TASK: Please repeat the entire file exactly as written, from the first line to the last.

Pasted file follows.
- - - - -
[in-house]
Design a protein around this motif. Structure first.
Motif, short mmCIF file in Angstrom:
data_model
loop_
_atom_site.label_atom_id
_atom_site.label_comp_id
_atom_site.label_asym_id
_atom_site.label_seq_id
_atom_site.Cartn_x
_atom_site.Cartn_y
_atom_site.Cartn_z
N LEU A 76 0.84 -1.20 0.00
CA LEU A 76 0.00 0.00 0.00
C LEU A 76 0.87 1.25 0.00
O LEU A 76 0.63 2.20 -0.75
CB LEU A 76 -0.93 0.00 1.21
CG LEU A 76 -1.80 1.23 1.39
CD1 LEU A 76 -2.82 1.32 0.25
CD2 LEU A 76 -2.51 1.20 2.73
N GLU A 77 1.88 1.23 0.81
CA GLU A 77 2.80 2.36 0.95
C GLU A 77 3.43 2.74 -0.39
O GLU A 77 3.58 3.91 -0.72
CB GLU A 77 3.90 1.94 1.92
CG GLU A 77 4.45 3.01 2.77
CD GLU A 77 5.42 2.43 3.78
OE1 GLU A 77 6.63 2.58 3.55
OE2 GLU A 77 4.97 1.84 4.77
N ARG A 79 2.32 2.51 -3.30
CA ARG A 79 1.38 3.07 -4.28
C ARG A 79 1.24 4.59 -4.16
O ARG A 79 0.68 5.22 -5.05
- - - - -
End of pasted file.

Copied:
[in-house]
Design a protein around this motif. Structure first.
Motif, short mmCIF file in Angstrom:
data_model
loop_
_atom_site.label_atom_id
_atom_site.label_comp_id
_atom_site.label_asym_id
_atom_site.label_seq_id
_atom_site.Cartn_x
_atom_site.Cartn_y
_atom_site.Cartn_z
N LEU A 76 0.84 -1.20 0.00
CA LEU A 76 0.00 0.00 0.00
C LEU A 76 0.87 1.25 0.00
O LEU A 76 0.63 2.20 -0.75
CB LEU A 76 -0.93 0.00 1.21
CG LEU A 76 -1.80 1.23 1.39
CD1 LEU A 76 -2.82 1.32 0.25
CD2 LEU A 76 -2.51 1.20 2.73
N GLU A 77 1.88 1.23 0.81
CA GLU A 77 2.80 2.36 0.95
C GLU A 77 3.43 2.74 -0.39
O GLU A 77 3.58 3.91 -0.72
CB GLU A 77 3.90 1.94 1.92
CG GLU A 77 4.45 3.01 2.77
CD GLU A 77 5.42 2.43 3.78
OE1 GLU A 77 6.63 2.58 3.55
OE2 GLU A 77 4.97 1.84 4.77
N ARG A 79 2.32 2.51 -3.30
CA ARG A 79 1.38 3.07 -4.28
C ARG A 79 1.24 4.59 -4.16
O ARG A 79 0.68 5.22 -5.05